• unknown (b.)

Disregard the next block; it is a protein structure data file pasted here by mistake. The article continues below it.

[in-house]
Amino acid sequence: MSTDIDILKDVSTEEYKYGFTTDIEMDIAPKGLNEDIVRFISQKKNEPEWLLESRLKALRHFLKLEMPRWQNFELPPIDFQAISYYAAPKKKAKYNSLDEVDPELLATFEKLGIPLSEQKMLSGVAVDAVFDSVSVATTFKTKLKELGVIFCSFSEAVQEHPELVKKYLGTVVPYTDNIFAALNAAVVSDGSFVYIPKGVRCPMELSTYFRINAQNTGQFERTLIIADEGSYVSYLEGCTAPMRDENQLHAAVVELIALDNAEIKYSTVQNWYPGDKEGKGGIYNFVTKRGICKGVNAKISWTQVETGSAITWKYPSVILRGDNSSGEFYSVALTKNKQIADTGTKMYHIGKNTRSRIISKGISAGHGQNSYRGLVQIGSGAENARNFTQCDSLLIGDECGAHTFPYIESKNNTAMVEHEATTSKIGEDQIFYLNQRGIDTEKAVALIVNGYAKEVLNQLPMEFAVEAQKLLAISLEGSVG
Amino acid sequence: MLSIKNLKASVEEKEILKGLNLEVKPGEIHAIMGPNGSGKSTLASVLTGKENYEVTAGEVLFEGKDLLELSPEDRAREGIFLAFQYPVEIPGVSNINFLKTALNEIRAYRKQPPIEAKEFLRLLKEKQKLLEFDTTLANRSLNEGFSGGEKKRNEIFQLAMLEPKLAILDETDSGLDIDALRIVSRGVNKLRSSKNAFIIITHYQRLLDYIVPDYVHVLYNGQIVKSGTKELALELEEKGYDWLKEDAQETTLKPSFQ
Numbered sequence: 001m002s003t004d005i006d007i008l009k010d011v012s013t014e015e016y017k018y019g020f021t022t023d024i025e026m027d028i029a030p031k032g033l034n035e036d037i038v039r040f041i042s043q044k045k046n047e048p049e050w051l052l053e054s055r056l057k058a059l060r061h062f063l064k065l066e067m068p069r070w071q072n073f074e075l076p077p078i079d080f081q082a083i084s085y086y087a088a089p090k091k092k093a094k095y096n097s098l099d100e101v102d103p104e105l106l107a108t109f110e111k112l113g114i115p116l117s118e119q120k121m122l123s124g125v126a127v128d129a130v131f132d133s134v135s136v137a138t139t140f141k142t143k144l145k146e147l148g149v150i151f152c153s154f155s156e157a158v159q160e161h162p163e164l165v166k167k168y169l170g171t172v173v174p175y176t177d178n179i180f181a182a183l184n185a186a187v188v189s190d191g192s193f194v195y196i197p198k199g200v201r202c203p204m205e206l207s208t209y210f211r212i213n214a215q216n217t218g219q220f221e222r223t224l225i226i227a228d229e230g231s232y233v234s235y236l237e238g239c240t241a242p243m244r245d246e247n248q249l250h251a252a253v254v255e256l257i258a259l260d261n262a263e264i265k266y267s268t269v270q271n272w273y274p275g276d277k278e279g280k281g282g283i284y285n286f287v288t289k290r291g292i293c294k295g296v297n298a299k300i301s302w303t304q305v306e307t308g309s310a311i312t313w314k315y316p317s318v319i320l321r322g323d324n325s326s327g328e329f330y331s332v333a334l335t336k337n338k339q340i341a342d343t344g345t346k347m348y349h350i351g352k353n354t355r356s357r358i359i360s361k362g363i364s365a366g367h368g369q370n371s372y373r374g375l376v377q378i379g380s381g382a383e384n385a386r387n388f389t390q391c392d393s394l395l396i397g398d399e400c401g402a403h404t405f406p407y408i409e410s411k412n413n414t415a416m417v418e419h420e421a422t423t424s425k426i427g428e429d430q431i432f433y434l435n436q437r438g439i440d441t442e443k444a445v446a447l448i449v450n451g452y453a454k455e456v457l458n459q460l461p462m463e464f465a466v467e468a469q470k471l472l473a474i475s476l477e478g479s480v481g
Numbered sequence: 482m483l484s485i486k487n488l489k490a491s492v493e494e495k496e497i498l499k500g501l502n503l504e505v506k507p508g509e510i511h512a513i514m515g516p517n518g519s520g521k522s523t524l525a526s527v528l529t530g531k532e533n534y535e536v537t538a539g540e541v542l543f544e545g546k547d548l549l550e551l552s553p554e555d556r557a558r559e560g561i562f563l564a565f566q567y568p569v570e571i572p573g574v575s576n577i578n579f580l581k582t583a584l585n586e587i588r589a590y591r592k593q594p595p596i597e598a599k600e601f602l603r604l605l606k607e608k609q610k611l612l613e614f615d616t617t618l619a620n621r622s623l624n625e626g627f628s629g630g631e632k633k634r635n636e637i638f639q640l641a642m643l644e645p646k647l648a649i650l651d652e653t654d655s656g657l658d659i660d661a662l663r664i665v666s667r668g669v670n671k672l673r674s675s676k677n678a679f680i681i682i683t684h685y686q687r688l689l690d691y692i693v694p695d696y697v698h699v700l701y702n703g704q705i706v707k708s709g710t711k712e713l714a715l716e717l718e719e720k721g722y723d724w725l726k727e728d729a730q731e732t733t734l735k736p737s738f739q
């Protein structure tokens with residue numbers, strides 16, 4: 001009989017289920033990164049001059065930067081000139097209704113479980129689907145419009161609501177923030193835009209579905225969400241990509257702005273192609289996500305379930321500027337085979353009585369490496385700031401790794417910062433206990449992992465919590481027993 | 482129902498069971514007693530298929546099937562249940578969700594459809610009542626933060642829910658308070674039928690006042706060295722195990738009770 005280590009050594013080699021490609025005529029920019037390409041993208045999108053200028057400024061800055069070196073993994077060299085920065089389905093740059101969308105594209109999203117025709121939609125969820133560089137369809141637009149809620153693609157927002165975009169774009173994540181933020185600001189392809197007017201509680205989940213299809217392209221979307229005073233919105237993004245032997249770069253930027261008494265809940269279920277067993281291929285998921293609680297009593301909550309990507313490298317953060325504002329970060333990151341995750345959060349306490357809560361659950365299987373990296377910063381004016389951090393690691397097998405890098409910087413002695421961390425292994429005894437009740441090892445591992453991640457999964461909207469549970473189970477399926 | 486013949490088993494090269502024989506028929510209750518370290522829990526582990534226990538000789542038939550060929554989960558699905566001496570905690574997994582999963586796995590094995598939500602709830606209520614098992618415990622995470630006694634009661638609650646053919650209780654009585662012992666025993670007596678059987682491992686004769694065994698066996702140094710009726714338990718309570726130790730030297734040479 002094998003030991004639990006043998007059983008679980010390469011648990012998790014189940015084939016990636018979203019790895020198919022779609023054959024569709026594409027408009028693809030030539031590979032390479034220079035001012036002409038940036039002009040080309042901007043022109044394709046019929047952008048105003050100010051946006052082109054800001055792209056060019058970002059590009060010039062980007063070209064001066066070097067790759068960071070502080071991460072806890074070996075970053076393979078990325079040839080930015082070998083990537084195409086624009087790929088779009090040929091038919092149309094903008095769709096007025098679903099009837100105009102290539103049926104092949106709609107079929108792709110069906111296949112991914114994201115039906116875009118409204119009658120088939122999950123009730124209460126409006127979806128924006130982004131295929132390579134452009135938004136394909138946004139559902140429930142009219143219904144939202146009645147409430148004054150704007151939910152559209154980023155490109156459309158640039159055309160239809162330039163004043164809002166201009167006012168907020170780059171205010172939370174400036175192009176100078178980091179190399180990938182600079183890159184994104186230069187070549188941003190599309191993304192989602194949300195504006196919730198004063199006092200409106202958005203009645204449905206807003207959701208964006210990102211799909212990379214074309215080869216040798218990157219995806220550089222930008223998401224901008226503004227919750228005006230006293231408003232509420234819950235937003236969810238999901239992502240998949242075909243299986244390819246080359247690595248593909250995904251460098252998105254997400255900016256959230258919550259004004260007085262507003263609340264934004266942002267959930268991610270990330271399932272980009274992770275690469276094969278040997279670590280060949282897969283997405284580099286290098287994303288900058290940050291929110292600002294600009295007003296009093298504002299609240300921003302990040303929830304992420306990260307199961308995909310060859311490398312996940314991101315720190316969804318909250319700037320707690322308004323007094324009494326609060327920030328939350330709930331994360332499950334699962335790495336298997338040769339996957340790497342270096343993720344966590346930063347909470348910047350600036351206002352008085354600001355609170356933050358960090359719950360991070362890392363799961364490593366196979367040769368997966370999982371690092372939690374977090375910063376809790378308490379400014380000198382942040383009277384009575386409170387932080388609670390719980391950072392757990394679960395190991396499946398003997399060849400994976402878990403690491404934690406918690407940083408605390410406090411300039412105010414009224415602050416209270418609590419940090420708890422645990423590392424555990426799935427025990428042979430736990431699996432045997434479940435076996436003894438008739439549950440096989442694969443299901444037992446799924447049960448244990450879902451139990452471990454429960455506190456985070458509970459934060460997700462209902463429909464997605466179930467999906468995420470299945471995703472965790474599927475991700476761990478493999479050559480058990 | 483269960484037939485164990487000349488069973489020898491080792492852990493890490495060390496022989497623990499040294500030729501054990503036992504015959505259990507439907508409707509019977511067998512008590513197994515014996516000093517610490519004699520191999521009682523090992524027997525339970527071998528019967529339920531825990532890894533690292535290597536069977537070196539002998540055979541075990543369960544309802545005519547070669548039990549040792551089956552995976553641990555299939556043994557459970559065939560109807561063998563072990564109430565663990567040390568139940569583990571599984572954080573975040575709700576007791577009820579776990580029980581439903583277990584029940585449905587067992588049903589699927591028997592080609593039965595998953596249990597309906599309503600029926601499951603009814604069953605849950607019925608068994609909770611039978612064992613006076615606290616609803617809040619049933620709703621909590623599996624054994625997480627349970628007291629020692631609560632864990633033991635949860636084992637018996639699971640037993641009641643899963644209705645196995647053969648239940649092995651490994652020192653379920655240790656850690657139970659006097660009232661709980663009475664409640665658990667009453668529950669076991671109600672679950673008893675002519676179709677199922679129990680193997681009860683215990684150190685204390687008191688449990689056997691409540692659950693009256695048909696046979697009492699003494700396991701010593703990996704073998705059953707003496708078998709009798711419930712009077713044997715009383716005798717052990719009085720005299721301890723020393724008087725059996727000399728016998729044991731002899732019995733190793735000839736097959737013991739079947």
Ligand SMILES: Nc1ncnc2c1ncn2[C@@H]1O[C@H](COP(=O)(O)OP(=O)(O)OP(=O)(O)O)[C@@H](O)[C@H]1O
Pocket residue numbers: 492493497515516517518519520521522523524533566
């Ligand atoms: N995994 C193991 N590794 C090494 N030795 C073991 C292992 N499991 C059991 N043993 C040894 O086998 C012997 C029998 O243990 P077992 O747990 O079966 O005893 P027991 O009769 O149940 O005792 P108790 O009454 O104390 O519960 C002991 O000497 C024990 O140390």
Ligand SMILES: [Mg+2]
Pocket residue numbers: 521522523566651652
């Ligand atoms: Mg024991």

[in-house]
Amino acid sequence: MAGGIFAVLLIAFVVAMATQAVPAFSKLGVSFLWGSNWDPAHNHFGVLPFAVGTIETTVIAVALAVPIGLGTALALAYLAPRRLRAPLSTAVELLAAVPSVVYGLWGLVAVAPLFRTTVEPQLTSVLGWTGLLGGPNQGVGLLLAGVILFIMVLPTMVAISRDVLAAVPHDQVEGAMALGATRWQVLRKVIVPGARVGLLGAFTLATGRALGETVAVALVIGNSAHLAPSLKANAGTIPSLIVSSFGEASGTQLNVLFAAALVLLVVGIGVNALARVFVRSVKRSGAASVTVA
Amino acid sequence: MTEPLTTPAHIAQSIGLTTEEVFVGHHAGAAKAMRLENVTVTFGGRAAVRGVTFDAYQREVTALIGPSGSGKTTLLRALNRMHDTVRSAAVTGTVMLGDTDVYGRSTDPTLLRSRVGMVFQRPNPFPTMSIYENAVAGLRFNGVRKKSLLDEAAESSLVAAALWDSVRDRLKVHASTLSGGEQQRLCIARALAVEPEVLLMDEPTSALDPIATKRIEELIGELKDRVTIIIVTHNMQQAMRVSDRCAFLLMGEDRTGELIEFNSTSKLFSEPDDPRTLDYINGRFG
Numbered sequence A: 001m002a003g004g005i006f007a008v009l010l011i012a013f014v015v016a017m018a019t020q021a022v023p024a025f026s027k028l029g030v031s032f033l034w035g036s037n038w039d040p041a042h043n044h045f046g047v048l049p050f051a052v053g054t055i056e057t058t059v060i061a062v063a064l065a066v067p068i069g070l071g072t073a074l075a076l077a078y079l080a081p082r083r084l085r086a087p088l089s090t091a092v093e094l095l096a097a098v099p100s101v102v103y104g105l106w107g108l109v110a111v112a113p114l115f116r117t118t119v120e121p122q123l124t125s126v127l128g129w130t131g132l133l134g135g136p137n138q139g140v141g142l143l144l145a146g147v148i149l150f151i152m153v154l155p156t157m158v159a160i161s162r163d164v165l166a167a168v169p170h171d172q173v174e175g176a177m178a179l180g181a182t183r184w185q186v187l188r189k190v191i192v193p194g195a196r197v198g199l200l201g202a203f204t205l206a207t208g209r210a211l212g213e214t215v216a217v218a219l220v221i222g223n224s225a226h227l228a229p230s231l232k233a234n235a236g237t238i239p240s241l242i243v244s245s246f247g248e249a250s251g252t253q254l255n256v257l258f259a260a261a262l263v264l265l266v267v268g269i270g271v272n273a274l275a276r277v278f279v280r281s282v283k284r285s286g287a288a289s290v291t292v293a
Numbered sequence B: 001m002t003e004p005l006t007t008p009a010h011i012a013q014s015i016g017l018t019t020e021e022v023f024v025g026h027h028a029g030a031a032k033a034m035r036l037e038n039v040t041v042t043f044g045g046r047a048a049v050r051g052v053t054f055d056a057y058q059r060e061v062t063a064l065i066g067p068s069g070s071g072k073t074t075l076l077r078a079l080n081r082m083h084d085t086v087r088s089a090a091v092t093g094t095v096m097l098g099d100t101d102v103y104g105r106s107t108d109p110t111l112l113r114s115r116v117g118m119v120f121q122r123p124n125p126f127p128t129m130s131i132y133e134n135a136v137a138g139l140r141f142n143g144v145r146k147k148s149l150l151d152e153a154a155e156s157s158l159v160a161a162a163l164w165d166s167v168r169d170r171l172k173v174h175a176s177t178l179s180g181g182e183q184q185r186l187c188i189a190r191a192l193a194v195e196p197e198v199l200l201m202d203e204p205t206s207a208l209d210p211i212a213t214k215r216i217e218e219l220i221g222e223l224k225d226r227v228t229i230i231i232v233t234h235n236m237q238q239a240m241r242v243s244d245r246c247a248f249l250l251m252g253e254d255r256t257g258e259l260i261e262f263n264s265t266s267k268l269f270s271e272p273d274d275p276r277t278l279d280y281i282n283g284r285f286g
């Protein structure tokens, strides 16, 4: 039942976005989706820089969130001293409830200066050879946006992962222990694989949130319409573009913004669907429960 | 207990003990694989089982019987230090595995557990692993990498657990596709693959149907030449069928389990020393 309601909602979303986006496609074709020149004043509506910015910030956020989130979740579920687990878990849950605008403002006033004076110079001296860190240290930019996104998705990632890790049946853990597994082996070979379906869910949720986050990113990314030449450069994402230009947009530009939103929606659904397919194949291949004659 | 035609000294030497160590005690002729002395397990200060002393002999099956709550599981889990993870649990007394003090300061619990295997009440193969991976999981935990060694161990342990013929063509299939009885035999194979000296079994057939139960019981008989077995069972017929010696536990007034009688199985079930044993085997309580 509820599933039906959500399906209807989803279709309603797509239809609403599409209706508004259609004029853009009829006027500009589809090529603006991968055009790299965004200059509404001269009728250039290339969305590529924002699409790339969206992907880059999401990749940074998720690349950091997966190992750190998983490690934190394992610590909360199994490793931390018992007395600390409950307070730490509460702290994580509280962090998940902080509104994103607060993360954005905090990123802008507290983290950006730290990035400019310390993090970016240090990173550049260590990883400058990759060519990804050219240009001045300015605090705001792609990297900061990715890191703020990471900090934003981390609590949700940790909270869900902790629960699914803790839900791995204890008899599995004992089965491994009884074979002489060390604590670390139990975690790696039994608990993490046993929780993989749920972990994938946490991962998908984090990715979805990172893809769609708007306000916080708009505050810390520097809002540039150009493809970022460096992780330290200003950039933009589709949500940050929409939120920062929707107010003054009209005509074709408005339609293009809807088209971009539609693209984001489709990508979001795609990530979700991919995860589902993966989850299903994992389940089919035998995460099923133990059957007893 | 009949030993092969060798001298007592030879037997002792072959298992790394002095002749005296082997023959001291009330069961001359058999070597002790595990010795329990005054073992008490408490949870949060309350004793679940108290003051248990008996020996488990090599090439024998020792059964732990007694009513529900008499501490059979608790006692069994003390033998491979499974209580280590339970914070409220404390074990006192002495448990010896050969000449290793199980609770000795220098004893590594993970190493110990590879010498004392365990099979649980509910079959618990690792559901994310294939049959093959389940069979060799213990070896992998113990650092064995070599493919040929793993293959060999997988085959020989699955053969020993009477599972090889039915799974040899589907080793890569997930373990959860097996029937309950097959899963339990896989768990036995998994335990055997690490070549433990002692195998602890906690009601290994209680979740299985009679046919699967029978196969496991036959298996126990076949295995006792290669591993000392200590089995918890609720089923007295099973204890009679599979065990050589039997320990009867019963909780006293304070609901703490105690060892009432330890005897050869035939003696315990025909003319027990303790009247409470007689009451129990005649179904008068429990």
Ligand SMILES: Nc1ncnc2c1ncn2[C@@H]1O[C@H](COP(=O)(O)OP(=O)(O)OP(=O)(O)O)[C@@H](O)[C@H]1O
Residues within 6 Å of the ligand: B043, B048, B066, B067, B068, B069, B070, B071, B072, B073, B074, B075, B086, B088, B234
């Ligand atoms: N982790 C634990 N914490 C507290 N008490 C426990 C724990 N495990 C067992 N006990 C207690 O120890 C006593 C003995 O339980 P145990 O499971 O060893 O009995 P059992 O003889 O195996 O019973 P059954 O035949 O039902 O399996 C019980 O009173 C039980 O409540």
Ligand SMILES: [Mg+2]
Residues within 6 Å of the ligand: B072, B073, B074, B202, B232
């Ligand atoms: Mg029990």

He started out as a Theoretical Mathematician and became a Professor of Mathematics, Computer Science, and Electrical Engineering. He was also a university administrator, the leader of a groundbreaking not-for-profit consortium, and now he is CEO and chairman of a highly successful NASDAQ-listed firm. From his office over Times Square, he presides over AppliedTheory Corporation, his 1996 NYSERNet spin-off. "We provide a wide range of Internet solutions for our business customers, we run research initiatives for NYSERNet, and we provide straight Internet to all the major universities in New York State," he says. "We've grown from five people to 800, and from an annual revenue of $2 million to close to $100 million." In 1985, while he was Vice Provost for Computing and Telecommunications at the University of Rochester, he co-founded NYSERNet, the first nongovernment Internet service provider (ISP). It was an independent, not-for-profit organization representing New York's universities. He is quoted as sayin, "Nobody had really thought out how faculty were supposed to get access to these supercomputers. A few of us at Cornell and Rochester decided it would be very useful if we could reach them using networking technology. So we called a conference of all the major universities in New York State and set up a consortium called NYSERNet, whose aim was to provide the needed networking facilities." The National Science Foundation funded the long-awaited initiative establishing five supercomputing centers for the academic and research community. NSFNet was created to connect these sites to each other. It was incorporated in 1985 as the first Internet service provider (ISP) in the United States. He served as the first Chairman of The Board and Bill Schrader, Executive Director of the Cornell supercomputer center, was its first President. He is quoted as saying, "Bill and I put the organization together, worked the politics, and got members. We set this up as an independent, not-for-profit corporation so that it would have autonomy and be able to represent the interests of the whole university world. One of the significant things we accomplished was getting early cooperation from both the public and private universities, despite the fact that on many issues they were actually at odds and competing for the same funds." NYSERNet remains a not-for-profit research association, although he and Schrader both eventually left to found highly profitable commercial spin-offs. He began AppliedTheory in 1996 and Bill Schrader, went to PSINet in 1989. NYSERNet now has an endowment fund created from its ownership of shares in PSINet and AppliedTheory, which it uses to subsidize the connection fees of its member universities.